Metrics being considered? What percentage of students are Pelling? Expected family contribution. Family income quintiles. First-generation college students. These would be a measure of how diverse the school population is. Average net price and net price by quintile would look at affordability. Completion rates and transfer rates would speak to successful completion, and labor market success would be another outcome measure. The department is thinking about measuring labor market success not just in job placement, but in income above a certain threshold. Grad school attendance would fit in the outcomes. And for fun, let's throw in how graduates do at repaying their loans.
Yes, let me back up, in case you missed it-- maybe we should evaluate colleges on how much money their graduates make.
It's an interesting assortment, since many of these are beyond the control of the college in question. But some of these would be good things to know, even as many of them will just demonstrate that rich people who go to rich people colleges grow up to be rich people. Boy, that was useful. Unfortunately, the department thinks there is one more step to take here.
Next Steps, College Ratings Website, and Transparency Tools
It's not clear why, having collected this data, we would need a rating system. The government currently requires food companies to list nutritional information on their packaging, but it does not assign a rating based on that data. Nutritional labeling remains one of my all-time favorite examples of government in action-- I get the information I need to make the choices that best suit me. I don't need the feds to label the food "Good" or Healthy" or "Fatty Fat Fat." I can interpret the data in the way that best suits my needs, beliefs, and inclinations.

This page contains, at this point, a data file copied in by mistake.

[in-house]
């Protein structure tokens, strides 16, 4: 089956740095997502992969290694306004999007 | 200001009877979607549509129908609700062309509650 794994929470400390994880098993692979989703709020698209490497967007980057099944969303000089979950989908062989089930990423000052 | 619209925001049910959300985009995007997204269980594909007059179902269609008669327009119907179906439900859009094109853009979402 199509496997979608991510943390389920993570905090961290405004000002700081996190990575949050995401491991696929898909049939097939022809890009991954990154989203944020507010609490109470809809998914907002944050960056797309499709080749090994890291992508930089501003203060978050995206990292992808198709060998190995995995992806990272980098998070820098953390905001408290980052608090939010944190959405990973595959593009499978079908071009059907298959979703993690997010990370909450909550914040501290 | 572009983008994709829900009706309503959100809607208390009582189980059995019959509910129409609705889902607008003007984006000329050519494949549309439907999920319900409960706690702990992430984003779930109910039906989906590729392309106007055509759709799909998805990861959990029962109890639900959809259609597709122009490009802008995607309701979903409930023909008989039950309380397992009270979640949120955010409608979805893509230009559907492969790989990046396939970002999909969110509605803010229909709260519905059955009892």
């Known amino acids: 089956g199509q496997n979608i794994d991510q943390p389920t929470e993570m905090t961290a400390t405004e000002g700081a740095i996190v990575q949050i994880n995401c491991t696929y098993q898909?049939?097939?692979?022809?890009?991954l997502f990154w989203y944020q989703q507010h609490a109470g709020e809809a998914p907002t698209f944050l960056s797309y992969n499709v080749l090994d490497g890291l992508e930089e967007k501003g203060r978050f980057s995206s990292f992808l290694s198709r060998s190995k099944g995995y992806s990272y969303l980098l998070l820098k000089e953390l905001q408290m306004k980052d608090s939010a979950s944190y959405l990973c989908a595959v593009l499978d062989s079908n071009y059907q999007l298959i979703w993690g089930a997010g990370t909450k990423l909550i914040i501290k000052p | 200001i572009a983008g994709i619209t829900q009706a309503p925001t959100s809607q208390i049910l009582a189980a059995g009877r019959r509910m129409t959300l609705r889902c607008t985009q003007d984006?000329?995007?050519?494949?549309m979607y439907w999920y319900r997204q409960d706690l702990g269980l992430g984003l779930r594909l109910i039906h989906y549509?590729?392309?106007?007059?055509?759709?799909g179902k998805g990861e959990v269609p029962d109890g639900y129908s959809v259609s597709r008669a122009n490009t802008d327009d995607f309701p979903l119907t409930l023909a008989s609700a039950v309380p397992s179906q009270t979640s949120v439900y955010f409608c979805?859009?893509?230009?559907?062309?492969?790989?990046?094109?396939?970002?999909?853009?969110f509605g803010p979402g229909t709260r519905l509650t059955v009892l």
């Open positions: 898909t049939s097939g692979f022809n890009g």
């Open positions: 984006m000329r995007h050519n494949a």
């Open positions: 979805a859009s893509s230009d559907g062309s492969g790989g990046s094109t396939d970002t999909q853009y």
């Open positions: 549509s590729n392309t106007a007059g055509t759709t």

If the feds want to give students and families more information about colleges, that would be fine. I don't need the feds to interpret the data for me, based on what they think I should want and need. But as Under Secretary Ted Mitchell notes in his closing comments, the feds also like the idea of awarding money (or not) based on their own rating system. So once again we have the administration acting like cartoon versions of what non-liberals hate about liberals-- the idea that people just shouldn't be left to make up their own minds about things because federal bureaucrats can make much wiser choices for them than they can make for themselves.
Add that on top of the bitter irony that this is the federal government that announced its intention to bring the hammer down on predatory for-profit colleges, and yet, when the biggest offender in the pack turned up, these same feds mostly protected the financial interests of the owners. In short, these guys who want to get super-involved in determining the best interests of students already have a lousy record in looking out for the best interests of students. In really short, if you're going to insist on federal overreach, at least show some aptitude for it.
The Department invites comment from the public on the draft framework by Tuesday, Feb.17, 2015. Submissions can be submitted through the online form at http://www.ed.gov/blog/collegeratings or by email to firstname.lastname@example.org